Using “How” vs. “Hope” and Why It Matters
Setting the Stage
At 5:15 am, you were brutally awoken by the fire alarm in your house, triggered by a candle that accidentally burned throughout the night, the smoky wick finally at its end and too close to a smoke detector. A little frazzled, you muddle your way through your morning home routine and arrive at work to find a note on your desk from your boss: “We need to talk in person. Will be back at 4 pm - come to my office then.” A little high strung after your startling wake up, and now anxious for your mysterious meeting with your boss later in the day, you head out for lunch to unwind. When you leave the restaurant to return to the office, you find that someone bumped into your car while you were eating, leaving you with a fender bender and no contact info. Lovely. Back at the office, a colleague asks why you’re a day late submitting the important client deliverable that you thought was due tomorrow. You get the idea.
At 3:50 pm, you get a text message from a friend:
“Hope ur having a great day! (Smiley emoji)”
Nope. Not having a great day. Having a really crummy day, actually. In that moment, having read that message after the day you had so far (not even over yet…), how do you feel?
Now imagine that you friend’s text had read:
“Hey, how’s your day going? What’s up?”
Again, after the day you had so far, how would reading that message make you feel, and how would that reaction be different from reading the first text message?
Changing a Word Can Change a Day
Minor shifts in language and the words we use can have a big impact on the quality of our communications with others. In some cases, such as this one, simply pivoting a thought around a different word can mean the difference between feeling connected with a friend or colleague and feeling a little alienated.
In this example, the difference between the friend’s use of “how” and “hope” in the text messages can create different reactions. If someone hopes you’re having a great day, they aren’t expressing an interest to engage with you. Maybe they want to, but simply aren’t being explicit. Or maybe they don’t have time to get into a text exchange and just want you to know they’re thinking about you. Since they’re a good friend, you know their intentions are good. In that moment, though, a “how are you doing” may have felt like a welcome lifeline to get even a little bit of support, whereas a “hope you’re having a great day” may have felt like a door closing before it was fully opened.
Your friend can’t read your mind and obviously has no idea that your day has been nothing short of catastrophic. And because this is a good friend, you know they care about you and want you to speak up and just share whatever’s wrong. We’re all adults. You don’t need to be prompted for information in order to share. I know that. You know that.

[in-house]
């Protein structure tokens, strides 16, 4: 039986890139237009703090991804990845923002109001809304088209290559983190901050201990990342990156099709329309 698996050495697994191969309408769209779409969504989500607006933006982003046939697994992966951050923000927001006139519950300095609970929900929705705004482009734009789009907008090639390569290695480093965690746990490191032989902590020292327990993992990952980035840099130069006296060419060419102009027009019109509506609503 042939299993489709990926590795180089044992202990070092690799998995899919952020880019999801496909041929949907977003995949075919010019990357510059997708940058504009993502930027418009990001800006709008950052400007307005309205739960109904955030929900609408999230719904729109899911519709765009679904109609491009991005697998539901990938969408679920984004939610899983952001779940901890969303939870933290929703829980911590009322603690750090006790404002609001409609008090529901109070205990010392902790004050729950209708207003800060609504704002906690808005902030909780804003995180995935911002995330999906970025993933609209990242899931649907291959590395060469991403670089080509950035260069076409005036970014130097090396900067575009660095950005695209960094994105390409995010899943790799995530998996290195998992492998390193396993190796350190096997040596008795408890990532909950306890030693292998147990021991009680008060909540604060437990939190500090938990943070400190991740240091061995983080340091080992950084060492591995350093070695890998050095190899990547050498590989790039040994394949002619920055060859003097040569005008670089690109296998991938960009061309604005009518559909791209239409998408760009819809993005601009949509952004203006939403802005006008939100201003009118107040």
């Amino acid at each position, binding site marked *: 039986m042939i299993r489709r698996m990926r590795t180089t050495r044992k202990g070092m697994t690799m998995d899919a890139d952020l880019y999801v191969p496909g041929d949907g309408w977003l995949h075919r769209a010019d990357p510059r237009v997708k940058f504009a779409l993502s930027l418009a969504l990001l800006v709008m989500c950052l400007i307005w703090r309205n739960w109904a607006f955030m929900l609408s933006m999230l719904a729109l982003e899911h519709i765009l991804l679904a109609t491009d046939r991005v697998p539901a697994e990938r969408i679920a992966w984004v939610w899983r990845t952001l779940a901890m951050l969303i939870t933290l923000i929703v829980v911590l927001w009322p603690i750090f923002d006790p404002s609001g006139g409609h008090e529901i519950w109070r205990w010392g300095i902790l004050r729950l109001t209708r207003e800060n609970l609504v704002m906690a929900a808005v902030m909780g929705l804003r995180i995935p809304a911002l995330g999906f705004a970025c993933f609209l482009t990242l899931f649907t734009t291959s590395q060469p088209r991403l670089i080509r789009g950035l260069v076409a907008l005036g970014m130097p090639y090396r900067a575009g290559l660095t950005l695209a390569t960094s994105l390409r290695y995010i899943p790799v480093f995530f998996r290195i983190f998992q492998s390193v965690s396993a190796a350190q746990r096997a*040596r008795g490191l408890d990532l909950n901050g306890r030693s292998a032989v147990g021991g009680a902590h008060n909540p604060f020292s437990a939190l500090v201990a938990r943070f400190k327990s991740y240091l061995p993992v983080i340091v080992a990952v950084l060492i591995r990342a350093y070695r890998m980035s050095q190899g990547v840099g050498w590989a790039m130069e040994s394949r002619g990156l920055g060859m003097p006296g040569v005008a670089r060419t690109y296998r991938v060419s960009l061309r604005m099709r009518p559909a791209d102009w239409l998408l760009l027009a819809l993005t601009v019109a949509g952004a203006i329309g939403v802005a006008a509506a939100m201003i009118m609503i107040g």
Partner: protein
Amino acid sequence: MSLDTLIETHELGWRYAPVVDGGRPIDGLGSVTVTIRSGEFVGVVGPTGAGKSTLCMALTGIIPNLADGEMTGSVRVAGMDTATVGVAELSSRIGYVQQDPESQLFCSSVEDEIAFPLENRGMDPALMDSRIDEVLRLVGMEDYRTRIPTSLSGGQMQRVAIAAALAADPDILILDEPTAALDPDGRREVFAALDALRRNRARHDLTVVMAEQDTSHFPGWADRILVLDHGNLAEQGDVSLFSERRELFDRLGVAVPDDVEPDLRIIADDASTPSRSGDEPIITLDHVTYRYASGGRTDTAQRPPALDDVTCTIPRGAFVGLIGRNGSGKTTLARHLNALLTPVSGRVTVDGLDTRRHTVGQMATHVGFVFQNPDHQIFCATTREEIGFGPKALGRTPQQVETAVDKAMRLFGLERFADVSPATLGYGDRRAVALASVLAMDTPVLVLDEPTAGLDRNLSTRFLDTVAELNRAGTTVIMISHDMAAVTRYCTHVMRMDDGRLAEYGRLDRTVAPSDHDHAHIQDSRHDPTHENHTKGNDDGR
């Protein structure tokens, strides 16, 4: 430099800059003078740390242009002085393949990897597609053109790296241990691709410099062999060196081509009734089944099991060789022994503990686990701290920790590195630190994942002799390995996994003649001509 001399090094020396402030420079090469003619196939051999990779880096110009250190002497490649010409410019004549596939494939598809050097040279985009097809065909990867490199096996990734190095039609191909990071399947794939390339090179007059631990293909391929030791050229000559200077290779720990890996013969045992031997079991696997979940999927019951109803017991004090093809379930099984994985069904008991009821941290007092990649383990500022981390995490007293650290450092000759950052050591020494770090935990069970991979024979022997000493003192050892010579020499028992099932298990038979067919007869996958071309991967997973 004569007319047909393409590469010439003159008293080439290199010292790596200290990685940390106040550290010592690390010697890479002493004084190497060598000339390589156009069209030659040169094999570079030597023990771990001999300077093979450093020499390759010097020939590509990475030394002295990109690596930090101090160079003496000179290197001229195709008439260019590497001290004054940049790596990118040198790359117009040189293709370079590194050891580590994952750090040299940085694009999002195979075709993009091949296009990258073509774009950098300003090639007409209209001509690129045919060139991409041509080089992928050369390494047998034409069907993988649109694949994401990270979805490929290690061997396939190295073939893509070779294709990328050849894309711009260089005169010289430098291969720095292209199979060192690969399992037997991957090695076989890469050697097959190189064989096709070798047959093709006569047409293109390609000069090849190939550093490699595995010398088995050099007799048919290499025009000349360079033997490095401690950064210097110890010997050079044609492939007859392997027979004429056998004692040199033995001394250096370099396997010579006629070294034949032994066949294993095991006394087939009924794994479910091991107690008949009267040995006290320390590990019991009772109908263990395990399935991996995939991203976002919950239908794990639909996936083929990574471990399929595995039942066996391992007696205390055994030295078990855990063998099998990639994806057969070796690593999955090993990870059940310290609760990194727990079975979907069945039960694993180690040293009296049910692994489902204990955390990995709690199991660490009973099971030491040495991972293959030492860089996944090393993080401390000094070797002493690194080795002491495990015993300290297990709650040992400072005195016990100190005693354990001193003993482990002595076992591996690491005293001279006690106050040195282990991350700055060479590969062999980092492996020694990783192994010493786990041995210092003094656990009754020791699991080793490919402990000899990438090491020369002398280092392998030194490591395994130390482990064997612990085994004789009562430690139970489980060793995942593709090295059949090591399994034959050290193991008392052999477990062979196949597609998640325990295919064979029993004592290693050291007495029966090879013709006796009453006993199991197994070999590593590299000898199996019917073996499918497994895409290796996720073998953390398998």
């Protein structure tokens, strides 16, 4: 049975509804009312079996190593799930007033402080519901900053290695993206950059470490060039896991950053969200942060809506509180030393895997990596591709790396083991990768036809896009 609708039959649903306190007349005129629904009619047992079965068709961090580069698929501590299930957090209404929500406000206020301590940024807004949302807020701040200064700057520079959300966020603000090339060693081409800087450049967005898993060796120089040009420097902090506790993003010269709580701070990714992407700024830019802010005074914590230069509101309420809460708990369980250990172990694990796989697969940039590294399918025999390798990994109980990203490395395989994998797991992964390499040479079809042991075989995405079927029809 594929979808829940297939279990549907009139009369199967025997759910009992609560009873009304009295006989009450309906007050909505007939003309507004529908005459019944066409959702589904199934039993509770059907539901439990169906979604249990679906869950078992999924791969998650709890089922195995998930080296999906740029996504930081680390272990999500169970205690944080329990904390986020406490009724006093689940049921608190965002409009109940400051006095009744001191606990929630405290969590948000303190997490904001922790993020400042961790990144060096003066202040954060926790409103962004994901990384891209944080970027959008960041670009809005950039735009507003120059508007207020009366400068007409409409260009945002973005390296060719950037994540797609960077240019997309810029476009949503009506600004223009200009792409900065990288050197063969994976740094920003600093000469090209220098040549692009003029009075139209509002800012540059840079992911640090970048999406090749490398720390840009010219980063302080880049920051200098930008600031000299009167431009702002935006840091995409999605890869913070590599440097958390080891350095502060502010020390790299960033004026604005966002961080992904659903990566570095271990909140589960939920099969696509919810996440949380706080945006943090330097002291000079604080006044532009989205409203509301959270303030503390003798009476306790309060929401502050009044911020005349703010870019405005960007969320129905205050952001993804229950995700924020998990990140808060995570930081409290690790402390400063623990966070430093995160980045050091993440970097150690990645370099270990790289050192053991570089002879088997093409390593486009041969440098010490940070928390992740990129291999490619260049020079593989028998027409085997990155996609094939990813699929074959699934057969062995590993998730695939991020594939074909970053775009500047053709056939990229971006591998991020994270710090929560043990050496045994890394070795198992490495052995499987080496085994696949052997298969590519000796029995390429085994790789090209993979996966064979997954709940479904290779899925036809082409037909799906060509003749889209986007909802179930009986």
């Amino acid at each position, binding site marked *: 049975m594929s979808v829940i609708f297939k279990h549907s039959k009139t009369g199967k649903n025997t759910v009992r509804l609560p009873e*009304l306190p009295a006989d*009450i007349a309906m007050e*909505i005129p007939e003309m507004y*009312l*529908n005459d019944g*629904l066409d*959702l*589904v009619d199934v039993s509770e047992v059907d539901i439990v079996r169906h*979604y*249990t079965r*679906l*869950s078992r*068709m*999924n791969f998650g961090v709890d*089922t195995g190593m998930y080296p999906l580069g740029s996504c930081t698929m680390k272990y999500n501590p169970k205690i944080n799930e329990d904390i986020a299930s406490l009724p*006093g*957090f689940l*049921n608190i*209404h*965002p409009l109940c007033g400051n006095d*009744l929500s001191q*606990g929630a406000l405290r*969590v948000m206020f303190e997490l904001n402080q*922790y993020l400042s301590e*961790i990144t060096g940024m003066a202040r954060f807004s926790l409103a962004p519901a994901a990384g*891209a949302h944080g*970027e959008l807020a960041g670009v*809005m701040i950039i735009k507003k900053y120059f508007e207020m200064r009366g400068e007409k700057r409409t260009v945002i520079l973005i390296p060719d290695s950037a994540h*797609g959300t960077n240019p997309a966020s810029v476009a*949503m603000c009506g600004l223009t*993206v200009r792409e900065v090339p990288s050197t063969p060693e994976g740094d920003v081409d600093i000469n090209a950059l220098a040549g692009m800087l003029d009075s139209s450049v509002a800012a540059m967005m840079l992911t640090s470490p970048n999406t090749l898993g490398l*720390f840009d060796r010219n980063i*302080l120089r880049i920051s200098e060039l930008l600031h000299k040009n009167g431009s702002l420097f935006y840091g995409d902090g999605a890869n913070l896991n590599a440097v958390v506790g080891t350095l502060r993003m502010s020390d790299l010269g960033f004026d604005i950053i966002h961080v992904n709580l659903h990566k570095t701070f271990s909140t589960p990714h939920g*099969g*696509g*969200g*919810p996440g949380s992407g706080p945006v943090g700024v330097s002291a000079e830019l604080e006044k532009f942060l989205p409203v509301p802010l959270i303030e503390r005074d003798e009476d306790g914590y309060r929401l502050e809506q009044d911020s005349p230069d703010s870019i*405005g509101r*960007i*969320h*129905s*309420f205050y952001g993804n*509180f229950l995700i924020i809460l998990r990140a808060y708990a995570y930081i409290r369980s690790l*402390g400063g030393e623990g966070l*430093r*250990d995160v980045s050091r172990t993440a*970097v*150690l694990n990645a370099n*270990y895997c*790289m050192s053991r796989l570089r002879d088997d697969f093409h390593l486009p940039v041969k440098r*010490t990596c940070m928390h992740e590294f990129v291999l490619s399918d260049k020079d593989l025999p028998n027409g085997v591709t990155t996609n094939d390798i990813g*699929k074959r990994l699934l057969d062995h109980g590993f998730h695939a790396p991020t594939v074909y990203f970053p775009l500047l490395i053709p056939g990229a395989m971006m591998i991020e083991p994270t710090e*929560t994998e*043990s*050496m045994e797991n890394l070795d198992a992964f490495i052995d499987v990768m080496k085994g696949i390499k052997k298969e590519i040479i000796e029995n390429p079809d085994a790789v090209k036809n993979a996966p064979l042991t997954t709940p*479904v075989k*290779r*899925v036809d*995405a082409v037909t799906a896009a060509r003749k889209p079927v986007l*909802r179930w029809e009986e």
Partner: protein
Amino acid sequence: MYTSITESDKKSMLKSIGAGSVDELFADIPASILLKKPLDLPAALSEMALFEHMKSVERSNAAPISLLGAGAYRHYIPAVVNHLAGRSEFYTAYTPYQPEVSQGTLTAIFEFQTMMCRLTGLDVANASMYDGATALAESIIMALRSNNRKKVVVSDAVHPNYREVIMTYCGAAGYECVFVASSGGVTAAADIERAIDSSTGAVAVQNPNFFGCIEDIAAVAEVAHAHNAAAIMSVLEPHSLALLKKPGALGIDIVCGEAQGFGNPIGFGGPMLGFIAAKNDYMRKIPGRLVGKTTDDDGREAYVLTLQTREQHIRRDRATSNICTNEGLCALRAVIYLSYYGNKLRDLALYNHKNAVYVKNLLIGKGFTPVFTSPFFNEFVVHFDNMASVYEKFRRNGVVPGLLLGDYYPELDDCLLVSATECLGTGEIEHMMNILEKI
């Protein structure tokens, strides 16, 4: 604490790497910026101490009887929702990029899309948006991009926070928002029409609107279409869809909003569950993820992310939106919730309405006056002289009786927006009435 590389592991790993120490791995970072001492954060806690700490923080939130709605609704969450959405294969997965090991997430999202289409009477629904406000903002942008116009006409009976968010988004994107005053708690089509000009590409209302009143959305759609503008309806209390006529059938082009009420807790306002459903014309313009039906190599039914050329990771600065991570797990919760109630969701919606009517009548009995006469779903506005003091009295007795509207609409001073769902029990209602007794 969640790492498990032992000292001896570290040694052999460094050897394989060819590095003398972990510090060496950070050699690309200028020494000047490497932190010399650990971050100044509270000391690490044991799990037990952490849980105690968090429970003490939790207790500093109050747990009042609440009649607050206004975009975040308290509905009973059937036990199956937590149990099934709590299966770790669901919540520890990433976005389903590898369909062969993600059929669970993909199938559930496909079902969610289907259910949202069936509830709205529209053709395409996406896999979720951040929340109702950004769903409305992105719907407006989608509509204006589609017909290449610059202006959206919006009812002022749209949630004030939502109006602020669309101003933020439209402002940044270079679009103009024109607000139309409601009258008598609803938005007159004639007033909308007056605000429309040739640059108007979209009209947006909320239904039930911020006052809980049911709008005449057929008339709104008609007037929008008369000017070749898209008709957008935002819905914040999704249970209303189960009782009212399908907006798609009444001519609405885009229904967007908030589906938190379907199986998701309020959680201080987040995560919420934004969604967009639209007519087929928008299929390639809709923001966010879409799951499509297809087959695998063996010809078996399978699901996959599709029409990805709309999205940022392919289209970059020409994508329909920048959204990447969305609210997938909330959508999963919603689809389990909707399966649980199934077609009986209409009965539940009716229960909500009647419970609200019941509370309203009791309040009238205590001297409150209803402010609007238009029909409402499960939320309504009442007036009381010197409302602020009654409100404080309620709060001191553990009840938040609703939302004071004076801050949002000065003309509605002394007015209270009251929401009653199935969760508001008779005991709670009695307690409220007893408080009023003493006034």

…subtleties in language can mean the difference between a positive exchange and a negative one - between feeling understood and feeling alienated. In this day and age of quick-fire and minimalist digital communications, it’s easy to trivialize the impact of the words we barely consciously absorb. Subconsciously, though, the words we read or hear trigger emotional reactions within milliseconds. Being sloppy in selecting the words or phrasing we use in our daily interactions can mean the difference between making someone’s day or pushing them over the edge, depending on their emotional state in that specific moment.
I’m not implying that you need to monitor every word you say in every situation and be hypersensitive to fostering deep connection in all interactions. That would be terribly cumbersome, impractical and unnatural. I’m also not suggesting that you never use the word “hope.” That’s typically a very kind word to use, and certainly no one will ever accuse you of shutting any doors of communication when you say “hope you have a great day today.”
All I’m saying is that first and foremost, humans are emotional beings, and (in most instances) whether it’s a business interaction or personal, using language that fosters connection is more effective and ultimately satisfying than language that doesn’t. I’m simply suggesting that the next time you have the choice, consider inviting interaction by asking “how” instead of stating a “hope.”
And now to sign off with a taste of my own medicine…I hope that you found this thought provoking. How does this perspective sit with you?
The Author: Marina von Bergen
By trade I’m a leadership coach and consultant focusing on effective communications and emotional intelligence in the global workforce. More recently, I’ve shifted course to help leaders of small and medium-sized businesses better understand and leverage the trends and technologies that will impact their businesses, if they haven’t already.
To learn more, visit my About page, or reach out via social media.